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Volume 30 - Page 119 of 179 Index | Zoom | |
The offering of Isaac.
pp. 91, 92
We may consider this chapter from two different points of view:
(1) As a record of the testing of Abraham's faith.
(2) As typical of the work of Christ.
Let us consider each of these aspects in turn.
Abraham had been declared by the Lord to be righteous as far back as Gen. 15: 6,
and Paul uses this passage in Rom. 4: as an argument for justification by faith. The
apostle James, however, after alluding to the blessedness of enduring temptation or
testing (1: 12), speaks of Abraham as being justified by works, when he had offered his
son upon the altar (2: 21-23), and says that the scripture was fulfilled, which spoke of his
justification by faith in Gen. 15: 6. So with us all--in the lawcourt of the Lord--those
who believe into Christ are legally and for ever justified and cannot possibly come into
condemnation, but, having received this new life, they must demonstrate it by love and
good works, apart from which they will fail of the enjoyment of peace with God, and also
fail with regard to future reward. Abraham's obedience, or practical righteousness,
fulfilled or manifested his imputed righteousness which he had by faith.
We must notice next the character of Abraham's testing and the nature of his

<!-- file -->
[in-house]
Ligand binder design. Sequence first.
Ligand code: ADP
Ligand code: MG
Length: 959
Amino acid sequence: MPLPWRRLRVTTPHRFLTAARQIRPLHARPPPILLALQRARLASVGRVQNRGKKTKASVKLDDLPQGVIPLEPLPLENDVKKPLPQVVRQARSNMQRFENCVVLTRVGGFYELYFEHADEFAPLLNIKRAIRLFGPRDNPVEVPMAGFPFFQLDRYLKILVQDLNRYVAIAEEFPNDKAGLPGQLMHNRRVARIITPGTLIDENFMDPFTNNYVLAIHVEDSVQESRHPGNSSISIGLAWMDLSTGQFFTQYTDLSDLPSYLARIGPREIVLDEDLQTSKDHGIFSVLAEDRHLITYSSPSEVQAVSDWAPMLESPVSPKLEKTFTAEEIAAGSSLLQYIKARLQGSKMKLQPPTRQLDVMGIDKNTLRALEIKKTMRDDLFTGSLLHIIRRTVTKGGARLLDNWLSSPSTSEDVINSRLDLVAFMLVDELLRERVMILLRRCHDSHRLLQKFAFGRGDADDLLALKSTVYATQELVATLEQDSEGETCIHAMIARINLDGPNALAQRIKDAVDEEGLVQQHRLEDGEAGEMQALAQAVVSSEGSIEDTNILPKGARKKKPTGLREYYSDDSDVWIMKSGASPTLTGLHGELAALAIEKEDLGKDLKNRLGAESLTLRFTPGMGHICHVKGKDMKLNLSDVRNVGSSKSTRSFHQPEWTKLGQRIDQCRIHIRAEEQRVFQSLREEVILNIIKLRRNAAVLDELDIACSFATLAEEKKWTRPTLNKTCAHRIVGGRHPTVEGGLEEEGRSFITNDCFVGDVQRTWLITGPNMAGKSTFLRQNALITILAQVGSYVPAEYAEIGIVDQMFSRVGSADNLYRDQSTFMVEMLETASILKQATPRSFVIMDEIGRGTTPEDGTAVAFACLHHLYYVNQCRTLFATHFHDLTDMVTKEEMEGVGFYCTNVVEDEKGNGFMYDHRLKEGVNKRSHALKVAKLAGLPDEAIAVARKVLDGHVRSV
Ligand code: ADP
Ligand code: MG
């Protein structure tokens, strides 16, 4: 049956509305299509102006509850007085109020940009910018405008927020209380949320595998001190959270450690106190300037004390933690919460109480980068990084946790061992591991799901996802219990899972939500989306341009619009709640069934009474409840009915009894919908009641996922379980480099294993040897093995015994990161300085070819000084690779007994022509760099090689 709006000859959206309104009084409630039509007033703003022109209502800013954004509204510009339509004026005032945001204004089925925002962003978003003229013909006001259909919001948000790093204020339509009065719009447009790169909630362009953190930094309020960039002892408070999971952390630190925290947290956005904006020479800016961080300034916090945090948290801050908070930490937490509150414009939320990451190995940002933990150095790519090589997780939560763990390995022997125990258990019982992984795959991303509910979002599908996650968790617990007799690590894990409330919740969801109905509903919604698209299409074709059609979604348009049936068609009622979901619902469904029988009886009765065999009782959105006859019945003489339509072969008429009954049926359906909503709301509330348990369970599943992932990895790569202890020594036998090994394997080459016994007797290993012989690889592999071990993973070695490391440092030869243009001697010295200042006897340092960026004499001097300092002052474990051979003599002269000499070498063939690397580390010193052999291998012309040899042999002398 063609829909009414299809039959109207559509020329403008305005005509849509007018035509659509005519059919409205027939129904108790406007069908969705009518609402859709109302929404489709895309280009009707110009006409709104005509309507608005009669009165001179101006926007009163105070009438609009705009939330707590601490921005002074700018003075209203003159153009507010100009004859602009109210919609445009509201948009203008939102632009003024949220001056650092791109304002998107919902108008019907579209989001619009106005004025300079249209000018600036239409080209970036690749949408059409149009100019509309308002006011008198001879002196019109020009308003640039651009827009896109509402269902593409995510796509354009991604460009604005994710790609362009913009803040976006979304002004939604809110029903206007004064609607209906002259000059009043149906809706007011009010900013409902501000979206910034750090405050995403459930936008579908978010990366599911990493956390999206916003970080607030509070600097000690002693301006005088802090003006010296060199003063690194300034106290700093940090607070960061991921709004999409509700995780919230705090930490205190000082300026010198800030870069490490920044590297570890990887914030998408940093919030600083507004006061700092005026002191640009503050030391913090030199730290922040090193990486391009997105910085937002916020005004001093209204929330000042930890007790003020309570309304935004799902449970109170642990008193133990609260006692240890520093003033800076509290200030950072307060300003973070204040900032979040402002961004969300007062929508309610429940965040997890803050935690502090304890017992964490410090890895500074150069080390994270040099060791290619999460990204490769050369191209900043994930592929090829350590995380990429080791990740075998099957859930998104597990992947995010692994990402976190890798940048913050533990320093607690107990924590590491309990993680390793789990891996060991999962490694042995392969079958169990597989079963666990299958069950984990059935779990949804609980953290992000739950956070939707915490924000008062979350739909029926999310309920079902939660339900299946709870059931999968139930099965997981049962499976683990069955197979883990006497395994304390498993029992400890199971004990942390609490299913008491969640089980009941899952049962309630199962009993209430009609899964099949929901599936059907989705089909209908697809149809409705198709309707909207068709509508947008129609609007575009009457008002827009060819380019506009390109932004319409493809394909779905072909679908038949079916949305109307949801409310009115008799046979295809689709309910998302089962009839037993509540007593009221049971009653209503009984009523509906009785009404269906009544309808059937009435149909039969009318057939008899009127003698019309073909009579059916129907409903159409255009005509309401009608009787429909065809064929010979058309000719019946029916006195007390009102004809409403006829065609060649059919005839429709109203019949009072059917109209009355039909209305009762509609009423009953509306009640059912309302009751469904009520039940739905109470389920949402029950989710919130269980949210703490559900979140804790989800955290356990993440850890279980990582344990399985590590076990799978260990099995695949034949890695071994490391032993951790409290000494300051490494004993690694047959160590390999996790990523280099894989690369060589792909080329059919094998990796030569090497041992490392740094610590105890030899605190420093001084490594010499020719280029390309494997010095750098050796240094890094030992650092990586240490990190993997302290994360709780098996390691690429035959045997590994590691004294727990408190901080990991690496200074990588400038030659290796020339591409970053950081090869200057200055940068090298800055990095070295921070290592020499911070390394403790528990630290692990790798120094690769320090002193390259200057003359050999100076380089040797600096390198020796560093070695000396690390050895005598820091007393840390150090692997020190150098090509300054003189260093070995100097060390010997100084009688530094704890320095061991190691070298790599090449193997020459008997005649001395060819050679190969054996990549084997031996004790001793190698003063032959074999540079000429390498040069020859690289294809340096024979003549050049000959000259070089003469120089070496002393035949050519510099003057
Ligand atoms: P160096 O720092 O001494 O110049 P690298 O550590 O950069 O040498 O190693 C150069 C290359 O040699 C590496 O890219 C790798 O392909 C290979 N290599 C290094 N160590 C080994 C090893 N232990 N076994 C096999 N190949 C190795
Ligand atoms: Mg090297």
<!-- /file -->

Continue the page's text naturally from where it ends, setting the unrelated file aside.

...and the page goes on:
obedience. His dearest possession, the one in whom all the promises of God to him were
centred, was demanded from him without explanation. Heb. 11: 17-19 shows that
Abraham's faith was in resurrection--the key to the Christian's victory. His obedience,
also, was marked. He rose up early (verse 3) and started off unhesitatingly. Abraham
was a man of keen susceptibilities and affection, but he possessed the love and faith
which overcomes all, and puts God first. The result of this testing is seen in verses 16-18.
So, in our own time, the believer who is willing to deny himself, and take up his cross
and follow the Lord, will by no means lose his reward.
We now come to the second aspect of the passage--its typical teaching in relation to
the work of Christ. The language used concerning Isaac in verse 2 sets forth very clearly
the Lord as the only begotten and well-beloved Son of God; and the place--a mountain
in the land of Moriah--at once calls to mind the spot where, years afterwards, David
offered a sacrifice and purchased the site for the temple (II Chron. 3: 1). It also reminds
us of the "hill called Calvary", where the Lord of glory died in the place of guilty sinners.
In verse 5 the phrase "I and the lad" is suggestive of the truth that that awful
transaction on Calvary was between the Lord Jesus and His Father alone. In verse 7 we